First there was Hyrule Warriors, then Fire Emblem, and now the Musou button has been pressed once more and another beloved series gets the Omega Force treatment. But that would be selling it a little short, there’s more to this game than your traditional Dynasty/Samurai Warriors “pressing X till everyone falls down” style of gameplay. This is a Persona game more than anything else it seems. And I’m down for it.

I’m not saying that there isn’t an element of that classic musou style here, but it’s been wrapped around with a ton of mechanics that you’d find in Persona 5. Being a shorter game than an 80+ hour JRPG (final playtime clocked in around 25 hours) a lot of that is frontloaded in the first couple of hours, which compared to the slow build up of gameplay found in vanilla P5, can be overwhelming.

So during those big battles with multiple enemies, you have Persona’s which you activate by pressing a button (freezing the battle while you select the attack). Persona’s themselves obtained by winning certain fights which can then be fused into more powerful Persona’s using the Velvet Room. Then there’s the stealth aspect that has also been incorporated. Attacking enemies from behind while knocking them down allowing you to complete an All Out Attack, which potentially has the power to kill everything with one hit. Enemies also coming with their own elemental weaknesses, which are displayed on screen when you select the correct attack. It’s all very streamlined. It’s like Omega Force looked at the gameplay mechanics of P5 and thought about how they could include them into a more fast paced actioner. And it works. Even the Velvet Room, which could potentially take ages in P5 is a lot simpler to use with it just giving you a simple menu of Persona’s you could potentially create, including ones where you would need to pull a Persona from the compendium for a fee.

So while the gameplay is impressive, personally I’m here for the story. I came to Strikers just so I could spend more time with those characters I got to know in Persona 5 (though nobody from Royal is featured or even mentioned sadly). The game begins with a reunion of the Phantom Thieves over Summer break as the protagonist returns to the city. What starts off as a welcome back party soon turns into a new adventure as the Metaverse returns and our cast has to go on a roadtrip across Japan solving the mystery.

A big thing from the JRPG series were the Social Links, being able to hang with your buddies in order to build up ranks and unlock new abilities. This is the thing that has changed the most in the transition. There are moments where you can hang with your friends outside the crucial story content, but this is done mostly through the Requests tab. Here you obtain requests from people, ranging from doing stuff in the Metaverse (killing enemies, finding items etc) to quests outside in the real world. While completing these can unlock new items, they can also give you Bond XP. Bonds are brand new here, and as you rank up by doing story or side content, you unlock points that can be spent on simple things like increasing health or strength, or they can be used in more unique instances, like making Treasure Demons show up more frequently or allowing you to unlock higher level treasure chests.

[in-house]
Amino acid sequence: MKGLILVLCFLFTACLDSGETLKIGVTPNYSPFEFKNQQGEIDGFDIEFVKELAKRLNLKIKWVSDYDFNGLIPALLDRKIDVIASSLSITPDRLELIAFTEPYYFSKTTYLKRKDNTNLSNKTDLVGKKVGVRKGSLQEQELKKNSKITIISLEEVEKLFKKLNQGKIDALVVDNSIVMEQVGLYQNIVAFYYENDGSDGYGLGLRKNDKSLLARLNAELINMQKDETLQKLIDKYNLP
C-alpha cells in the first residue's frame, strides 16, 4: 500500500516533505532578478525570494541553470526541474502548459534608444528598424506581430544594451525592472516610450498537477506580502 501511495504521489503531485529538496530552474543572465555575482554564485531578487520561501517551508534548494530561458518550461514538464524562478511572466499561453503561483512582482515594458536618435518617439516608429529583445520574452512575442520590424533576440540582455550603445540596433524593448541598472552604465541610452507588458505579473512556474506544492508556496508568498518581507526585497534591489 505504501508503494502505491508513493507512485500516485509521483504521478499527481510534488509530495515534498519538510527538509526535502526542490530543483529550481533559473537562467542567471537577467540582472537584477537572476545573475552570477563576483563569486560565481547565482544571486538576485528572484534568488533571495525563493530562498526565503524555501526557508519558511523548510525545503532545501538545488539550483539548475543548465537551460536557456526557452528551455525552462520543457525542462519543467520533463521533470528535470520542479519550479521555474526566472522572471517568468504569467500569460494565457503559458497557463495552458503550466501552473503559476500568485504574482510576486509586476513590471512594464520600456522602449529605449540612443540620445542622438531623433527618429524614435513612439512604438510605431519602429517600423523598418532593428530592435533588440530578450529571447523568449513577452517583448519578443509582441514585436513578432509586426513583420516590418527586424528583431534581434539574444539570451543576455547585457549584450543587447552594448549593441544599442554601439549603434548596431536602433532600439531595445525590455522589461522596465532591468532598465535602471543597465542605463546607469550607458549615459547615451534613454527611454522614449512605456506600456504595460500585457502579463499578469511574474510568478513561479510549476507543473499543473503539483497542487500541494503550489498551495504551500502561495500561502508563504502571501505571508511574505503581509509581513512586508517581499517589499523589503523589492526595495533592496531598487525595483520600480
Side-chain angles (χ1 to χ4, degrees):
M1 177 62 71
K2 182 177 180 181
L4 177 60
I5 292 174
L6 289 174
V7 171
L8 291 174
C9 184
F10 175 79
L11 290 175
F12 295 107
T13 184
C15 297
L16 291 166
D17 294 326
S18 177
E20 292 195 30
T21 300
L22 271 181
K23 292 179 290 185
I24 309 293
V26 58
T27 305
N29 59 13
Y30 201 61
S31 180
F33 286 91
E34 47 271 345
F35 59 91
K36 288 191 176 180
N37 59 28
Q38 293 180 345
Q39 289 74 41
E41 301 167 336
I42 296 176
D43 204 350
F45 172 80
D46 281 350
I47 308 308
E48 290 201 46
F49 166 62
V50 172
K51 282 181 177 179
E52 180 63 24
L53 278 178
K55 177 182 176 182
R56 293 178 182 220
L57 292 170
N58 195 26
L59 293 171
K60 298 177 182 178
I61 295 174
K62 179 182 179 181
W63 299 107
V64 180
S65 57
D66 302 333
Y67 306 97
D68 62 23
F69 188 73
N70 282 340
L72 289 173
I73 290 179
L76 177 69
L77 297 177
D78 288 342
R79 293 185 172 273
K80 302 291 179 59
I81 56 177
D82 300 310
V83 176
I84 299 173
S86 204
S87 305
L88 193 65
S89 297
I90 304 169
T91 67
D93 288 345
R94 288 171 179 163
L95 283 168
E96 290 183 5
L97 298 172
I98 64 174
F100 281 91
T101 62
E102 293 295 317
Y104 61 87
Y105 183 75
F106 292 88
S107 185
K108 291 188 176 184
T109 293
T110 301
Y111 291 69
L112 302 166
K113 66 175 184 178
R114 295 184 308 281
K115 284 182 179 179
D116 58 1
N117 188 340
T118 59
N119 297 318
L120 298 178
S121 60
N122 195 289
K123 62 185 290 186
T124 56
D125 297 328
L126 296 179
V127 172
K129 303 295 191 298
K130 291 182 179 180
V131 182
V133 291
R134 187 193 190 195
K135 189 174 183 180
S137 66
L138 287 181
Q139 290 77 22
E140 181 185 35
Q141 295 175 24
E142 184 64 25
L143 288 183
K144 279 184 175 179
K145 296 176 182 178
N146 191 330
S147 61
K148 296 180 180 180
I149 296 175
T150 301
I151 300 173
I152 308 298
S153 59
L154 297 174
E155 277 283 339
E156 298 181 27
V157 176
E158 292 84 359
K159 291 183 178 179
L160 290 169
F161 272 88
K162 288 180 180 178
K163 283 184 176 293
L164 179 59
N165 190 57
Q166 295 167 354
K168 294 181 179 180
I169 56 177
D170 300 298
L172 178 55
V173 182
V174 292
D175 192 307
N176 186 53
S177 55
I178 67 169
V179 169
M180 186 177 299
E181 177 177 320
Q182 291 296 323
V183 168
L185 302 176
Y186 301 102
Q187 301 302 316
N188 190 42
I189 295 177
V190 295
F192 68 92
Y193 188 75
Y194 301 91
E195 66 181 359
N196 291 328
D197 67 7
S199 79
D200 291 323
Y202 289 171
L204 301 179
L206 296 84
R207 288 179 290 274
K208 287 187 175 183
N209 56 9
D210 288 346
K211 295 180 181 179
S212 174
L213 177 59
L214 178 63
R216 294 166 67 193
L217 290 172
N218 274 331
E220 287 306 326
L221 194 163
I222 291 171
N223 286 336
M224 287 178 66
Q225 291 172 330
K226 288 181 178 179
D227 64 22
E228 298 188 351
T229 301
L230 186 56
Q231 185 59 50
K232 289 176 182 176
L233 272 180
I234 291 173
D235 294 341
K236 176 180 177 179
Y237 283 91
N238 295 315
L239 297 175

While one on one moments with your cast are more infrequent here, the group story content is still as plentiful as you’d want. The humour is still in tact thanks to the clever writing, and the new main characters add something different to the world. There’s awkward detective Zenkichi who needs the Phantom Thieves’ help to solve the case. And Sophia, the AI companion who can fight alongside you in the Metaverse, but is trapped on your mobile phone when in reality. New boss characters are also fully fleshed out and give you a reason as to what has happened in their life to make them become corrupted by the new “big bad” of the game. But that’s enough about the story, it’s really best experienced going in cold like I did. A little warning though, if for some reason you’re interested in this despite never playing P5, then don’t. Strikers takes place after the events of the original and there is no “Previously On…” for you to catch up. The game does expect you to already know these characters and their relationships. But honestly you should really play P5 , or even better, P5: Royal, because they’re great.

Everything about Strikers is stylish, from the menu’s to the remixes of musical tracks. It’s a damn fine looking game, though it comes with one glaring mistake. For some reason the developers changed the “Check/Inspect” button from X to O and I cannot tell you much it threw me right at the start. It’s something that’s bound to upset Persona purists. More of a non-jokey complaint I have is the difficulty can be a little uneven. Small, incidental battles are usually not that difficult, but it became all too common for the bosses to require a lot more thought and grinding. It doesn’t help that they can be lengthy and one mistake and it can be right back to the beginning again. In the end I whacked the difficulty on Easy and honestly, I think that’s the best way to experience Strikers. At least if, like me, you’re here mostly for the story.

If Persona 5 is your jam then you’ll already be playing this because who cares what I think? But after a tentative start (seriously why did they change the Interact button?!?) I grew to really enjoy my time with Strikers. Here’s hoping there are many more adventures with this crew to come.

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